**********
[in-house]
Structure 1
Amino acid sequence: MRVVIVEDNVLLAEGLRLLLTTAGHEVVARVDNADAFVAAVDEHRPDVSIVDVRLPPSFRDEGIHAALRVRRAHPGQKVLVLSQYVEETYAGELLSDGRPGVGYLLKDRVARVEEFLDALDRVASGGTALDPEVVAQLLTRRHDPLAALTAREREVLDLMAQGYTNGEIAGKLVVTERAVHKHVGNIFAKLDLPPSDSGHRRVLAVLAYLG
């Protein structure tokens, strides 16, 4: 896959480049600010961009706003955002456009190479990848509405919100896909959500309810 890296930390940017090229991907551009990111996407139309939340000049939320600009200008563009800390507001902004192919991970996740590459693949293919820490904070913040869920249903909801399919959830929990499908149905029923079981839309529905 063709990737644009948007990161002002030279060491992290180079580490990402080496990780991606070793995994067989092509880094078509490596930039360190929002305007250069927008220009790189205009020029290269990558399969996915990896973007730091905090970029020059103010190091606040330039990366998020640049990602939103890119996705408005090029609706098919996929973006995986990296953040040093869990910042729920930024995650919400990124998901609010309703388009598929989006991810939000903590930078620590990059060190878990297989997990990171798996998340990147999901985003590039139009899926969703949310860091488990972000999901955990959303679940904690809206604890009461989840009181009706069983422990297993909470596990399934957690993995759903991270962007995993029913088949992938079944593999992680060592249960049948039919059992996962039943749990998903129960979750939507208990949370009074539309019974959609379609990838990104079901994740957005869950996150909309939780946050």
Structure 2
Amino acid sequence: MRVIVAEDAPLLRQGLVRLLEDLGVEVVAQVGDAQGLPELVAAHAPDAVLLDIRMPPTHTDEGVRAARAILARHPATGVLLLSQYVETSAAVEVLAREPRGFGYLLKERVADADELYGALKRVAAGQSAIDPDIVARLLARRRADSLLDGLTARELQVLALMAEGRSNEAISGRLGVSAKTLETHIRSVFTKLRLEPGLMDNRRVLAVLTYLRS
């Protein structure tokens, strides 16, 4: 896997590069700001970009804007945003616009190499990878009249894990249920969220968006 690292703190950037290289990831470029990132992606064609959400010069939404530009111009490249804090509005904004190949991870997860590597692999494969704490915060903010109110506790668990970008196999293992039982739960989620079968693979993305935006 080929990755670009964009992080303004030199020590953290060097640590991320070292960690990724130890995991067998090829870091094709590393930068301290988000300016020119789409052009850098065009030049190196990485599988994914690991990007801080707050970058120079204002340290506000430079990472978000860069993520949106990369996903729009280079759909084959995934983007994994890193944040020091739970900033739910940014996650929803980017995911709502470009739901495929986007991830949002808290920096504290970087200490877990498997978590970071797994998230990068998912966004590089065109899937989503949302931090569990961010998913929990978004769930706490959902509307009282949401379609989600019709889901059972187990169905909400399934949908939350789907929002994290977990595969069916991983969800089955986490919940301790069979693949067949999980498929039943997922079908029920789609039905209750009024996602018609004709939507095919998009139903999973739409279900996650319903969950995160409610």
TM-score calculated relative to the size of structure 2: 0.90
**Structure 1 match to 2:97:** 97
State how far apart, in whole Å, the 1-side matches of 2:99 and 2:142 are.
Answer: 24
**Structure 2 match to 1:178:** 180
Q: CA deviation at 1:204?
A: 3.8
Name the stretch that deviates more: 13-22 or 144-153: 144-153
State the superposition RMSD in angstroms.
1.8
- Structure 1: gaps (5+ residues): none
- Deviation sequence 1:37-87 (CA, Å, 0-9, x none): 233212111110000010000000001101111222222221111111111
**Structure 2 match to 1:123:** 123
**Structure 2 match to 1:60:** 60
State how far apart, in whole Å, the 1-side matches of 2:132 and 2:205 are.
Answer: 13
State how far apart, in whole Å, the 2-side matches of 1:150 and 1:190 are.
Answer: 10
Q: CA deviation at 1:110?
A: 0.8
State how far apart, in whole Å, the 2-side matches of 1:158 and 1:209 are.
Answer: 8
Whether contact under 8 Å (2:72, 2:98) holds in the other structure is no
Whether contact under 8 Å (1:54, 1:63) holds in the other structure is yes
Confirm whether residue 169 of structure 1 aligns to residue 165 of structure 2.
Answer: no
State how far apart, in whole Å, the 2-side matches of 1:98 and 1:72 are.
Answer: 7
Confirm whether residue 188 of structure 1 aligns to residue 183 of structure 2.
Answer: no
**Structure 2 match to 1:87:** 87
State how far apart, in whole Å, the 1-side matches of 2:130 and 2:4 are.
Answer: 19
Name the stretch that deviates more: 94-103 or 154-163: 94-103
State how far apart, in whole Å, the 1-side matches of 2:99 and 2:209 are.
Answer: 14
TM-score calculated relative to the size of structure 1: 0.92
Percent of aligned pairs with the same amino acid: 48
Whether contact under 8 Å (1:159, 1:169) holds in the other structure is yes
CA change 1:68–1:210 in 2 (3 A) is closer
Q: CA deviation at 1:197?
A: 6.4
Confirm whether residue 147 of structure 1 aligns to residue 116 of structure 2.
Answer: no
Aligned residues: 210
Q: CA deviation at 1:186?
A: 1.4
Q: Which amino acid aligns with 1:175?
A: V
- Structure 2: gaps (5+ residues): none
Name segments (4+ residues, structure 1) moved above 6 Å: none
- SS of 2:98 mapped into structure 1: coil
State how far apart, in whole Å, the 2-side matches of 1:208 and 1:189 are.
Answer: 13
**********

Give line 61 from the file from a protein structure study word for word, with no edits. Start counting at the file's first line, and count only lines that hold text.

Answer: 13